A friend (more thanks) drove me back to the lake after the scans.  A few days before my scheduled return to the city I got a call from my sister saying that Motzer's office had called, and they wanted me to start the treatments sooner (they had tried my home phone.) This was worrisome.  He had been pretty emphatic about waiting, so did this mean that the scans indicated things were getting worse quickly?  When I finally spoke to him he said no, they had simply reevaluated and decided that I was strong enough to start sooner, and that it was ok for that trial.  I am still a little dubious.

So treatment started five weeks ago.  Everolimus (aka RAD) pills daily, Avastin infusions  biweekly. The infusion is pretty quick, 20 minutes, with a few minutes of saline before and after.  The days of treatment tend, however, to be quite long.  The price you pay for seeing THE man in kidney cancer is that his waiting room is packed, and it is often a couple of hours wait.

The nurses and technicians are uniformly cheerful and efficient.  As a teaching facility, MSKCC has a number of doctors-in-training.  My friend who accompanies me (many thanks) observes that they are uniformly handsome. Most of the patients and most of the docs are men. (The Kimmel center treats Prostate and Urologic Cancers.) Having spent my professional career in a quite male dominated area, attending professional meetings where women were few, I seem to have landed with an illness that replicates this. I am not surrounded by pink ribbons.

Side effects so far are few.  I still have little stamina.  I try to walk daily.  At this point a 45 minute walk has me totally exhausted.  (But I remind myself that a month ago walking a short NYC block was a challenge).  I had some thumb and finger numbness, but that has mostly gone.  I have some soreness in my mouth, and a sore throat that has persisted for more than a week.  I am lucky that I could arrange not to teach this term, so I rest a lot.  I must take my blood pressure daily.  It has increased, so I now am on two BP meds (was on one BC - before cancer).  A good friend got a breast cancer diagnosis about the same time as mine, and her treatments, chemo and radiation, are much more severe.  My standard line is that the good news and bad news about kidney cancer is that radiation and conventional chemo don't work.  One envies the efficacy but not the unpleasantness.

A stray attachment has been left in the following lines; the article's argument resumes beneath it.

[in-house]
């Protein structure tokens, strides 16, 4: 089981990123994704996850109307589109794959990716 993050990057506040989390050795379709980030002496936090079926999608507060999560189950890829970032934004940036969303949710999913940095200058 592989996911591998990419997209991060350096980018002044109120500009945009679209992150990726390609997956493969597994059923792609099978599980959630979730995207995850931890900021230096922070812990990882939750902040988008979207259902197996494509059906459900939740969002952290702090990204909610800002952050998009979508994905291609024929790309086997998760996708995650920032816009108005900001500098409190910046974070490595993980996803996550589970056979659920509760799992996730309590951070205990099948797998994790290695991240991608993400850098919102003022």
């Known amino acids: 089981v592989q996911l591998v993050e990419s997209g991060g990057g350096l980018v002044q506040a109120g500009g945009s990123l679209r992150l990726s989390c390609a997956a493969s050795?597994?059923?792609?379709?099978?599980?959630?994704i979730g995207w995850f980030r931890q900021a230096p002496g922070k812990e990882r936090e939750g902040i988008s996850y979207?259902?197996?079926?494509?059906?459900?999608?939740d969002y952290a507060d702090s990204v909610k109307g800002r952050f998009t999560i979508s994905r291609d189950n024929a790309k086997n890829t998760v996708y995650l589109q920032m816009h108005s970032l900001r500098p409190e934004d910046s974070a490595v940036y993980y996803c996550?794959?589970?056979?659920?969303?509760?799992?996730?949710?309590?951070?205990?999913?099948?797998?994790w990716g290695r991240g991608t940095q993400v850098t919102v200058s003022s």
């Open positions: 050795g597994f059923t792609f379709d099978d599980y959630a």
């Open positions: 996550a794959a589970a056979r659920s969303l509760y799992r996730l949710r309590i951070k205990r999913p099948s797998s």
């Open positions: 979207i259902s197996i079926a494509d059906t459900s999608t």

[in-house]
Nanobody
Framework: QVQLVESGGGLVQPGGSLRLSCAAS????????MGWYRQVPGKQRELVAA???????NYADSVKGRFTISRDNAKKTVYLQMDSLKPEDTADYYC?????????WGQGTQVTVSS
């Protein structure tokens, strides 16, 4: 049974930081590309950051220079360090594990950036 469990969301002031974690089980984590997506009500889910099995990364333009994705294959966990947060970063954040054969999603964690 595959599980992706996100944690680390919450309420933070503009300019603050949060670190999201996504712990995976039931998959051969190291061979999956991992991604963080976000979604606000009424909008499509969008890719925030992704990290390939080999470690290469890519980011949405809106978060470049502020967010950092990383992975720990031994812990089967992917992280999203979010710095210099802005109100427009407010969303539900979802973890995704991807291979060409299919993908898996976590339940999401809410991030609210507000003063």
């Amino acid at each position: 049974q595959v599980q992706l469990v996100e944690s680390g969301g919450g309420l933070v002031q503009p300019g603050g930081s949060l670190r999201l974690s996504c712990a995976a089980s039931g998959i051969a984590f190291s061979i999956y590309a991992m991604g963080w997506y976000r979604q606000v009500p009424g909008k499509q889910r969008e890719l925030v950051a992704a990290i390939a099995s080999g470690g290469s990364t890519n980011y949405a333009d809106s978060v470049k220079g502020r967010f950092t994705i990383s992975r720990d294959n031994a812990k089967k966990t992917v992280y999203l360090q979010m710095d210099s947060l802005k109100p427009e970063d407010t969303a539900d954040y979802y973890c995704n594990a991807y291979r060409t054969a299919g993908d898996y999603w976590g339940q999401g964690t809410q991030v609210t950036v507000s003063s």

My next scans are on early October, so in the meantime I continue to recover from surgery and wonder what is next.

Future blog issues:
Who and how to tell?
How much do I really want to know? 
Optimism vs. Realism?


Frances Preston said...

Sally - I really appreciate your openness and clarity ... and courage taking this on. Thinking of you always, Francie

Emma said...

Oh, Sally, I'm so sorry to learn of this. Your frankness and equanimity are impressive, though I can imagine how overwhelming this all must be. Sending you warm thoughts of calm and strength.

A friend said...

Ah the journey described clearly in words that we understand. I admire you for taking this suggestion of sharing. It may not halve the pain and fear but I think it helps you and it helps me. I feel connected and as Francie said, thinking of you and those raspberries we give to others.